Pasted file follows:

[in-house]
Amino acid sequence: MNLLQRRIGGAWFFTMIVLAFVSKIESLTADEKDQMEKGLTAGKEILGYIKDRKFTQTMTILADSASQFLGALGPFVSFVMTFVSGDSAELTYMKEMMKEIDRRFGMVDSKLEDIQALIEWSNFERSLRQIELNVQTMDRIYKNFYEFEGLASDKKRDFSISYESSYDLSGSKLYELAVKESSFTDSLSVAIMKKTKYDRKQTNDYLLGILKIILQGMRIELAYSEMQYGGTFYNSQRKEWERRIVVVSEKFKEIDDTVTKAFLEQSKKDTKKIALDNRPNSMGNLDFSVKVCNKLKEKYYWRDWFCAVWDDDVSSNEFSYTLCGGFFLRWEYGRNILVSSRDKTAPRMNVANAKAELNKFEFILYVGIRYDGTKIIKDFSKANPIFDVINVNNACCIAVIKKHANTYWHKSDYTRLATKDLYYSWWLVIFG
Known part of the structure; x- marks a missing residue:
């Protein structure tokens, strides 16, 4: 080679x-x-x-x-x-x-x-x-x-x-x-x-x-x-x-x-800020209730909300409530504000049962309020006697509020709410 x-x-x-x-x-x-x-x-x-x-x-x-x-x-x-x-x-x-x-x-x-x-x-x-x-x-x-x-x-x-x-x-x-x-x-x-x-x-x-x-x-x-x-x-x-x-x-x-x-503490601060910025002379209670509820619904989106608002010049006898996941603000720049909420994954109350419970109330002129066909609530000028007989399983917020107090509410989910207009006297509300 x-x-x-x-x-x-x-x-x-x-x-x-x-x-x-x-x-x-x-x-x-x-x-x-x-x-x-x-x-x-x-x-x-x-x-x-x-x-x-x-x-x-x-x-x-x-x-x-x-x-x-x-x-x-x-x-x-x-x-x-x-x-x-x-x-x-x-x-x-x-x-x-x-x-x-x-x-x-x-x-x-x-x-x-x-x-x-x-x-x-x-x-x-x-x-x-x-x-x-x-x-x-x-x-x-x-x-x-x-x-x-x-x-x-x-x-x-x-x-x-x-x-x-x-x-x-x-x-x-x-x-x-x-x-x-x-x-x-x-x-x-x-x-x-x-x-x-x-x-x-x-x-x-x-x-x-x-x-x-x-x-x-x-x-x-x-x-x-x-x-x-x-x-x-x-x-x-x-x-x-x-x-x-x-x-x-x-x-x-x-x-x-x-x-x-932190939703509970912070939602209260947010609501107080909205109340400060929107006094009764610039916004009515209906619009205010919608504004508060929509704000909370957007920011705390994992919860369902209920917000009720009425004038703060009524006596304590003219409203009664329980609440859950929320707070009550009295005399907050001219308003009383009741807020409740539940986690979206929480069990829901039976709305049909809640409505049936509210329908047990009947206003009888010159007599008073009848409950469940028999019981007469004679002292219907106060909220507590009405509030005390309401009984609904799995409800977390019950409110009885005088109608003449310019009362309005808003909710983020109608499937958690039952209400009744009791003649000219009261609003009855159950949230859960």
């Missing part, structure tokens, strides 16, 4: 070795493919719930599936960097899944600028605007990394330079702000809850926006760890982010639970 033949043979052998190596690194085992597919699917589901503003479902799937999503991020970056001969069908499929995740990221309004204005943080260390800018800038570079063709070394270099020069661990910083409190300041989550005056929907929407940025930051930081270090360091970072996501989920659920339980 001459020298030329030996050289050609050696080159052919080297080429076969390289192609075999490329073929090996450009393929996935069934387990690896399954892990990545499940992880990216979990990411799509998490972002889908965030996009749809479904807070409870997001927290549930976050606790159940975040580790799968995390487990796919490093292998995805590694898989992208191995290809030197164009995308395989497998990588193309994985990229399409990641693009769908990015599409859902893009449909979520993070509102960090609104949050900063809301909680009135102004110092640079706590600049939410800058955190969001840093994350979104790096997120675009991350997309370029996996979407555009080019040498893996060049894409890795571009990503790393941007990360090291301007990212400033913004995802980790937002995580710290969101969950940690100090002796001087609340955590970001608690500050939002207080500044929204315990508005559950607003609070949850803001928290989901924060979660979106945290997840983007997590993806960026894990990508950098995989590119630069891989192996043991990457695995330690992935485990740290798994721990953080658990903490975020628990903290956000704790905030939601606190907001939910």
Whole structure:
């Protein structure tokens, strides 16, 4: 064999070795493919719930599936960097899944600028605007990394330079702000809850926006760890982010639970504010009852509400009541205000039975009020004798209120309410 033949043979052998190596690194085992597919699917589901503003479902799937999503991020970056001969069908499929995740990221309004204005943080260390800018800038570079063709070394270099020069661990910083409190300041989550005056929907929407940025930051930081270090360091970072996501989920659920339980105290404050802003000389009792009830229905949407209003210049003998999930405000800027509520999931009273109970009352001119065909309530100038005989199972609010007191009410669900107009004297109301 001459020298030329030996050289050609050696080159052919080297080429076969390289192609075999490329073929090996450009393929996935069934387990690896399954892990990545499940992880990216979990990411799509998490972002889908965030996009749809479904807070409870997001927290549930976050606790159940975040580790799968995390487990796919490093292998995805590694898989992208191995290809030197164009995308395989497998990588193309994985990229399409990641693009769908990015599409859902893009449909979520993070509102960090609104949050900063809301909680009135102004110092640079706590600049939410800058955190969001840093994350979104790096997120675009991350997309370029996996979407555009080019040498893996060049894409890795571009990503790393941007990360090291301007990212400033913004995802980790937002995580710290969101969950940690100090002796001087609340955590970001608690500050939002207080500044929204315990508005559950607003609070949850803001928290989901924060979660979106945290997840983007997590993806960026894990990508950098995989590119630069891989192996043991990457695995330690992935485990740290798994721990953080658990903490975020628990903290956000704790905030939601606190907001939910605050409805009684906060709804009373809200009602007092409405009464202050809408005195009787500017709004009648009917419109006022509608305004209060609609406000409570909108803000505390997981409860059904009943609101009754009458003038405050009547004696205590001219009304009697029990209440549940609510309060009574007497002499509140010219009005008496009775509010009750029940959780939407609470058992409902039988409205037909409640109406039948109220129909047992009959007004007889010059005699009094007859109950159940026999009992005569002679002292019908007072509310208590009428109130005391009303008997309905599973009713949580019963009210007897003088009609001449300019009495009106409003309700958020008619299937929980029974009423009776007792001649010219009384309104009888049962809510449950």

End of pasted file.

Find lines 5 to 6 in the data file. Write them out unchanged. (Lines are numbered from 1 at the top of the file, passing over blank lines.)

């Missing part, structure tokens, strides 16, 4: 070795493919719930599936960097899944600028605007990394330079702000809850926006760890982010639970 033949043979052998190596690194085992597919699917589901503003479902799937999503991020970056001969069908499929995740990221309004204005943080260390800018800038570079063709070394270099020069661990910083409190300041989550005056929907929407940025930051930081270090360091970072996501989920659920339980 001459020298030329030996050289050609050696080159052919080297080429076969390289192609075999490329073929090996450009393929996935069934387990690896399954892990990545499940992880990216979990990411799509998490972002889908965030996009749809479904807070409870997001927290549930976050606790159940975040580790799968995390487990796919490093292998995805590694898989992208191995290809030197164009995308395989497998990588193309994985990229399409990641693009769908990015599409859902893009449909979520993070509102960090609104949050900063809301909680009135102004110092640079706590600049939410800058955190969001840093994350979104790096997120675009991350997309370029996996979407555009080019040498893996060049894409890795571009990503790393941007990360090291301007990212400033913004995802980790937002995580710290969101969950940690100090002796001087609340955590970001608690500050939002207080500044929204315990508005559950607003609070949850803001928290989901924060979660979106945290997840983007997590993806960026894990990508950098995989590119630069891989192996043991990457695995330690992935485990740290798994721990953080658990903490975020628990903290956000704790905030939601606190907001939910």
Whole structure: